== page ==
Lachlan was recently interviewed for the Sydney Morning Herald about what was exciting on today’s Internet, and graciously threw the questions to the public. I thought I might give them a stab.
What are the three things online that are exciting you the most?
“…the thing that Usenet did, the important thing that Usenet did that put everything else to shame, was that it provided a way for all of the cool people in the world to actually meet each other.” — Russ Allbery
There is really only one thing on the Internet that excites me, and that thing hasn’t changed since I first got my free1 University shell account and logged onto Usenet.
It’s no coincidence that most of the cool Internet apps that have been developed since that time have been about people. People finding other people. People communicating with other people. People sharing their knowledge, their passions, their enthusiasm with… people.
Sure, on the way the Internet has given us ways to buy things without having to talk to annoying salespeople, has given the music industry a much-deserved kick up the arse, and is in the early stages of delivering the self-same kick to broadcast television. All that means is we're going to need more people to recommend good stuff to buy, listen to and watch.
What gadget do you never leave home without?
Hands down, my iPod. Back when I was four, our parents bequeathed me and my brother their old record player. A month or two later, they had to confiscate The Beatles’ Help for fear that I would, in fact, keep it on 24-hour rotation until I was seven.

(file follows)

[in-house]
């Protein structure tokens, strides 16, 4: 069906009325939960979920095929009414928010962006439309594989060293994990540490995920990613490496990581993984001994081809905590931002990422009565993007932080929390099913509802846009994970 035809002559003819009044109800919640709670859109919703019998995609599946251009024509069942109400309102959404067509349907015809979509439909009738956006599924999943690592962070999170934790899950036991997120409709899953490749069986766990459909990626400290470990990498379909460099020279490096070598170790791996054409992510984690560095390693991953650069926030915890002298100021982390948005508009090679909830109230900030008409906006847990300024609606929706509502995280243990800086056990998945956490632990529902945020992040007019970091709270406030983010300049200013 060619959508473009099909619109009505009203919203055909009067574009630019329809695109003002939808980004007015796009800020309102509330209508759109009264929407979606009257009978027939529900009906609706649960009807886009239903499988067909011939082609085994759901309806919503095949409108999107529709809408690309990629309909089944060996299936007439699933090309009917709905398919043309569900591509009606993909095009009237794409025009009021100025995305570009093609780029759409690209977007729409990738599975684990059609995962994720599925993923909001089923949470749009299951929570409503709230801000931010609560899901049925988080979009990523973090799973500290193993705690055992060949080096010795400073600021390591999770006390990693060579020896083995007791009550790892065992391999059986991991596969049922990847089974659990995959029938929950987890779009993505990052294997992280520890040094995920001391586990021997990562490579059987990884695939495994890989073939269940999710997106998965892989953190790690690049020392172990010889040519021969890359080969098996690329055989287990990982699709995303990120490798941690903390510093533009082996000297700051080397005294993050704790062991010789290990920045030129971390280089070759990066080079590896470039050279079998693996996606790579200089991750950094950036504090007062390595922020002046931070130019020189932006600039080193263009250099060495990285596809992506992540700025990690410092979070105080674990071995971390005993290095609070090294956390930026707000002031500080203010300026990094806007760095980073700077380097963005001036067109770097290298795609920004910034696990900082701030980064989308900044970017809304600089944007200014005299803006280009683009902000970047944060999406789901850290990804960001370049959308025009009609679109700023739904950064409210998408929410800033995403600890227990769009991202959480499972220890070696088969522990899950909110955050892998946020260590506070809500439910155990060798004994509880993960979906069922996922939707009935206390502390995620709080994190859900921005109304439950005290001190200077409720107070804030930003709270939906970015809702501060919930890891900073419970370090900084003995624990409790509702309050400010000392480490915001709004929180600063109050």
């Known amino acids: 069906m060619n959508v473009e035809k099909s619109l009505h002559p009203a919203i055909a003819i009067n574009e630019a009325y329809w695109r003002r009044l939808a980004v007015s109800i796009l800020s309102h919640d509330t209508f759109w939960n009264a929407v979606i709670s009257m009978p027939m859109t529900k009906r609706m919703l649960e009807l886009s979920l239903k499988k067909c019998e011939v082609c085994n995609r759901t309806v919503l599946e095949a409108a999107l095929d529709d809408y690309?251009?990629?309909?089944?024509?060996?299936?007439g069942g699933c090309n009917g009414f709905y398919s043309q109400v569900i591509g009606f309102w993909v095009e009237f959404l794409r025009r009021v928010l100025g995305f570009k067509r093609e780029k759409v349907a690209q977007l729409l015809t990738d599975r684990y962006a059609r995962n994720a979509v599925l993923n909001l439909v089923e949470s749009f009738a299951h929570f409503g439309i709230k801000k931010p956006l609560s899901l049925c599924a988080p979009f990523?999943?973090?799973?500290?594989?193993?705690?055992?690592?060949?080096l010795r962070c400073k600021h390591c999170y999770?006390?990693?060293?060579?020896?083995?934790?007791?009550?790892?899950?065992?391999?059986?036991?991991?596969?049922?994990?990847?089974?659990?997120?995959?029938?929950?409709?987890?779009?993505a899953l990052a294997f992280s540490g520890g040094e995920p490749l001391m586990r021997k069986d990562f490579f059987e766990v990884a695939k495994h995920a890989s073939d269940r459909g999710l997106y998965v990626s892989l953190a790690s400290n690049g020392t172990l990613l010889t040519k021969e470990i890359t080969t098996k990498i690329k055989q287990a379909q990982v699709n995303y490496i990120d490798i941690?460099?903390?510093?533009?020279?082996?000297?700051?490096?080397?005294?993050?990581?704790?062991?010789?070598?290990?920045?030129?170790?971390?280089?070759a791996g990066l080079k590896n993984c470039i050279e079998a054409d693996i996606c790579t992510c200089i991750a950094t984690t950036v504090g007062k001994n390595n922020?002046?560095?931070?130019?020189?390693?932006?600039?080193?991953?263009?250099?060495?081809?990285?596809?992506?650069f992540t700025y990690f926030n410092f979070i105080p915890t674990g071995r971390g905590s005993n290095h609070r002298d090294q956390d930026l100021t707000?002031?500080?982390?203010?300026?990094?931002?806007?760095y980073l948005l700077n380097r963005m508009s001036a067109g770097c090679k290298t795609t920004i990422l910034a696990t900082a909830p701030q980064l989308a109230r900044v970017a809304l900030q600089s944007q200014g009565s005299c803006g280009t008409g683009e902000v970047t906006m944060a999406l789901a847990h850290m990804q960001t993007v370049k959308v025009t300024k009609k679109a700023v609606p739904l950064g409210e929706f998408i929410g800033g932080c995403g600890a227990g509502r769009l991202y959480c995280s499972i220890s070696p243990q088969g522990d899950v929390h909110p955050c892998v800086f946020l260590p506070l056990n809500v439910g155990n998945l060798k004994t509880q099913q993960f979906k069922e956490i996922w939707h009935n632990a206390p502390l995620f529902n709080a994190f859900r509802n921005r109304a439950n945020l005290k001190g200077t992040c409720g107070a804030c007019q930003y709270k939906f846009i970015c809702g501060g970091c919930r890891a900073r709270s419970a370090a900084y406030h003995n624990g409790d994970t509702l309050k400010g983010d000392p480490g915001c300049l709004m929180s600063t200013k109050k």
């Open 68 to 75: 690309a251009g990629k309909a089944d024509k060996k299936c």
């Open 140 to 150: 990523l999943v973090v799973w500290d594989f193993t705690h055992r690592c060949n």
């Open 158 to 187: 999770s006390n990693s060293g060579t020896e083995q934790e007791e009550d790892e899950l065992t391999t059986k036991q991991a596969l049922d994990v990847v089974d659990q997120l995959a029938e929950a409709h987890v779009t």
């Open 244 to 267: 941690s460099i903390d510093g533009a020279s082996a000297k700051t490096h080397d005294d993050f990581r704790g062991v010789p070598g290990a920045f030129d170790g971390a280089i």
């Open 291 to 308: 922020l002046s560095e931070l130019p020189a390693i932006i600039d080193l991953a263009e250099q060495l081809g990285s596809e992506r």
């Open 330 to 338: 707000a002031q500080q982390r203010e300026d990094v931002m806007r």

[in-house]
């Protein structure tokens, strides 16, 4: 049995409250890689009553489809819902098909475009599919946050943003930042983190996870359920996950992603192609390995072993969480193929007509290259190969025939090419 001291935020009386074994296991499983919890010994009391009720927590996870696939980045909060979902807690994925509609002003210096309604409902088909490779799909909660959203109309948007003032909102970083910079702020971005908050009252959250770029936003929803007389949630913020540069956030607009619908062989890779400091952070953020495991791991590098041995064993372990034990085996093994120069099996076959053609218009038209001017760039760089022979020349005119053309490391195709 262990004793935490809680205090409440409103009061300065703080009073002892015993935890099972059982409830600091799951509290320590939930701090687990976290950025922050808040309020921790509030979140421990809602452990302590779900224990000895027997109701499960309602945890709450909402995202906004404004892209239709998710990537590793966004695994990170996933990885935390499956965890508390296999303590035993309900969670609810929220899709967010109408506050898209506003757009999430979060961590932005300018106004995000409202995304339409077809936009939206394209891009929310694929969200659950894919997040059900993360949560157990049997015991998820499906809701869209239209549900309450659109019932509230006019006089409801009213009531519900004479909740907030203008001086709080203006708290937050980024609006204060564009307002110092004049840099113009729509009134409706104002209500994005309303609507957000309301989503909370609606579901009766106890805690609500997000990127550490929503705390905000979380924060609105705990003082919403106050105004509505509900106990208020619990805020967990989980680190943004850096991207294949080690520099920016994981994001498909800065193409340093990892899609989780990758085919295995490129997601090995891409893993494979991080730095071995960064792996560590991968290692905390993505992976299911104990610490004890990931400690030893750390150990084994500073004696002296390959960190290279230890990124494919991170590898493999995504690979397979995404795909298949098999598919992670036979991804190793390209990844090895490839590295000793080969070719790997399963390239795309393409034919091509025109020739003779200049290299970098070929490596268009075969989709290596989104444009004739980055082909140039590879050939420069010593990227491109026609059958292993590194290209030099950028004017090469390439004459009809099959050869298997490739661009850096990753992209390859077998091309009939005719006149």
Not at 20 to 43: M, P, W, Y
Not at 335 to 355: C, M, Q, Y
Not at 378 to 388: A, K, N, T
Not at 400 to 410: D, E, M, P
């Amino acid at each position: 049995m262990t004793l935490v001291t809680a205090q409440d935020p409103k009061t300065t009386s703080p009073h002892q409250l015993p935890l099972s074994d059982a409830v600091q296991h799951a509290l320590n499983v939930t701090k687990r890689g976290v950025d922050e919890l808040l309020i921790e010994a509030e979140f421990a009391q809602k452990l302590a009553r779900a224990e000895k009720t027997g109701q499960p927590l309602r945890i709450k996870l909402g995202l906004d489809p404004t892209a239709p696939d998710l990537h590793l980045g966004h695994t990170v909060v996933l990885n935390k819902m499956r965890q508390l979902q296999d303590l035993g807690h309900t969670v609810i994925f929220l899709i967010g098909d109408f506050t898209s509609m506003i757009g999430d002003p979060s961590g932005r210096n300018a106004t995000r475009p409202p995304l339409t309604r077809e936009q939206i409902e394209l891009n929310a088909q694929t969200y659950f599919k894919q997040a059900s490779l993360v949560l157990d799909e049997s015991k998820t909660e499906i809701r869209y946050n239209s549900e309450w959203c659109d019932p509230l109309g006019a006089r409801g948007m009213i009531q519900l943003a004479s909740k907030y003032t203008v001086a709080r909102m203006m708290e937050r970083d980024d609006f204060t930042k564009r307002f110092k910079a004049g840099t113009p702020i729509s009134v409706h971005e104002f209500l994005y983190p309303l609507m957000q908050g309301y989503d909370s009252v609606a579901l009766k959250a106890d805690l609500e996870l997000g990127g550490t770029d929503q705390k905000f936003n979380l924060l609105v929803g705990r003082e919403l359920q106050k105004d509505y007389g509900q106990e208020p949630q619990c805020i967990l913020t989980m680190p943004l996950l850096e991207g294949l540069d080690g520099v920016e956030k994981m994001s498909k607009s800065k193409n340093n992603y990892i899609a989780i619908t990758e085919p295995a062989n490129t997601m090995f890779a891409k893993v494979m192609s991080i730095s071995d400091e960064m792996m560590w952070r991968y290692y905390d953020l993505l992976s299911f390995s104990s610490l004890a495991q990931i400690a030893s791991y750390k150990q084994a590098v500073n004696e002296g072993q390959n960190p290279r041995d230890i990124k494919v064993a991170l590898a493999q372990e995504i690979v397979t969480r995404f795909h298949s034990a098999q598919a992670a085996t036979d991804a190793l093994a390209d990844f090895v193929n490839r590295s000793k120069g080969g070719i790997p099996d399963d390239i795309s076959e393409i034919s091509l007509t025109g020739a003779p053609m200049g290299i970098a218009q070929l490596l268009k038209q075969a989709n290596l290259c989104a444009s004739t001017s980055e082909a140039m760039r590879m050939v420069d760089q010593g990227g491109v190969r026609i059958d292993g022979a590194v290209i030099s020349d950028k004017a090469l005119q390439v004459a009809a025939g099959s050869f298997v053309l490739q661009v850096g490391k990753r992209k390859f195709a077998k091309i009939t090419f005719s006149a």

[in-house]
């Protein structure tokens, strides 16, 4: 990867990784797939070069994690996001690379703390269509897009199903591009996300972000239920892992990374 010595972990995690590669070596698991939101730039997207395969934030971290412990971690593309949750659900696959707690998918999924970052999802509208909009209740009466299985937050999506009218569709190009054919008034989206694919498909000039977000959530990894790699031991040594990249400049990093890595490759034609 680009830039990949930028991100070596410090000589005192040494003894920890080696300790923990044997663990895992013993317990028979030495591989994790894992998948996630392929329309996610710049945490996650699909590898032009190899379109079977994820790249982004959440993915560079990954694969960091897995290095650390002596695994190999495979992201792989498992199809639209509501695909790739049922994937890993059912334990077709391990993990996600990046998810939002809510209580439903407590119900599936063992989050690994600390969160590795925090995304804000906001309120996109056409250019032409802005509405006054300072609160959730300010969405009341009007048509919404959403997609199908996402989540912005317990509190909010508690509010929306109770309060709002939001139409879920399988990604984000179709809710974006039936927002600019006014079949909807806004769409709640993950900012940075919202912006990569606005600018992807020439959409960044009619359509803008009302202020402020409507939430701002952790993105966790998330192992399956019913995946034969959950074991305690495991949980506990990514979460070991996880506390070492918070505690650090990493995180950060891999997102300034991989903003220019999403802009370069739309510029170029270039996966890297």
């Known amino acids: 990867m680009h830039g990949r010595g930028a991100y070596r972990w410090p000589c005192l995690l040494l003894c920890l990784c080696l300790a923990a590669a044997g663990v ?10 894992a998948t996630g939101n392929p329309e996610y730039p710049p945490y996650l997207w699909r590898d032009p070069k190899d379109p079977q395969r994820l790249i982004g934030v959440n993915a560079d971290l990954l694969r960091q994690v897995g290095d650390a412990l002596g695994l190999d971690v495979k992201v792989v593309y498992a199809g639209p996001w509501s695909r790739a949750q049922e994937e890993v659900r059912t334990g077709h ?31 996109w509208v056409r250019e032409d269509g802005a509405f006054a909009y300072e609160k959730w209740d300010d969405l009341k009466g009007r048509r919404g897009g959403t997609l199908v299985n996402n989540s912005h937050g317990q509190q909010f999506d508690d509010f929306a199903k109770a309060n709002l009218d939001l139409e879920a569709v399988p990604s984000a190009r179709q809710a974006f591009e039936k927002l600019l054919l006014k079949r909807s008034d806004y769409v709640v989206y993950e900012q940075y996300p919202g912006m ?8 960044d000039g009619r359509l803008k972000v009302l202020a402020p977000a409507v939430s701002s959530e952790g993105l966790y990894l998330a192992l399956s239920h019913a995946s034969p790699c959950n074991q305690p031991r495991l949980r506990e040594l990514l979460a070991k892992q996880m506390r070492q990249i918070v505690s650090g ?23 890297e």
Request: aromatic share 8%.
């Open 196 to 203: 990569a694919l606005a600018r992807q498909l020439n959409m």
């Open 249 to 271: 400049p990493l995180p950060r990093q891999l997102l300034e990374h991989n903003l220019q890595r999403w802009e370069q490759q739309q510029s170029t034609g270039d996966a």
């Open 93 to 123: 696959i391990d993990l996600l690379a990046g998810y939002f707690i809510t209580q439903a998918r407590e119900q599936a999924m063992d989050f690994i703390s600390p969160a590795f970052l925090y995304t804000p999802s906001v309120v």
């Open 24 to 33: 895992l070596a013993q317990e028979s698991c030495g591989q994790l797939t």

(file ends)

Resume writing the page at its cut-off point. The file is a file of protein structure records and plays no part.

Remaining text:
I’ve always been surrounded by music. I think if I were forced to go without it, I’d go completely insane.
What will be the Next Big Thing?
Do you remember what life was like before the mobile (cell) phone?
I suspect quite a few of my readers won’t, so let me give an example. Say you’re going to meet somebody for lunch. How do you find each other? How do you tell them you’re running late, or cancel at the last minute because something came up? How the hell did we cope back when the mobile phone was a brick-sized yuppie accessory we couldn’t afford?
It sounds trivial. It is trivial. But it’s just one of a hundred different ways that the simple fact that you, and everyone you know has a mobile phone has changed the way we go about our daily business. Ways we don’t notice until we point at them because they’re second nature now.
(Aside: Have you noticed how popular culture is cleanly divided into stuff that's new enough to be reliably documented on Wikipedia and YouTube, and stuff that happened before 2002? Anyone experiencing their childhood today will find the whole thing still pristinely archived online for them when they're nostalgic adults.)
Right now, mobile data is making a similar transition from clunky novelty to ubiquity. Mobile phones changed the world in a hundred little ways because they made the people you know always a few button-presses away. Mobile data puts all the world’s information (not to mention all the people you don’t know yet) in your pocket too.
This is why our data is moving into the cloud. We're going to access our data through more, more specialised devices, but we want them all to be able to interact with our digital lives. But more on that later.
Oh yes. As almost-mentioned earlier, broadcast TV as we know it is dead. It just hasn't realised yet. More on that later too.
1 Given the ratio of time I spent in the UCS labs to the time I spent in lectures, one might more accurately say that the University charged several thousand dollars a year for an Internet account, and threw in tuition for free. Sorry Dad, but it seems to have worked out perversely well in the end.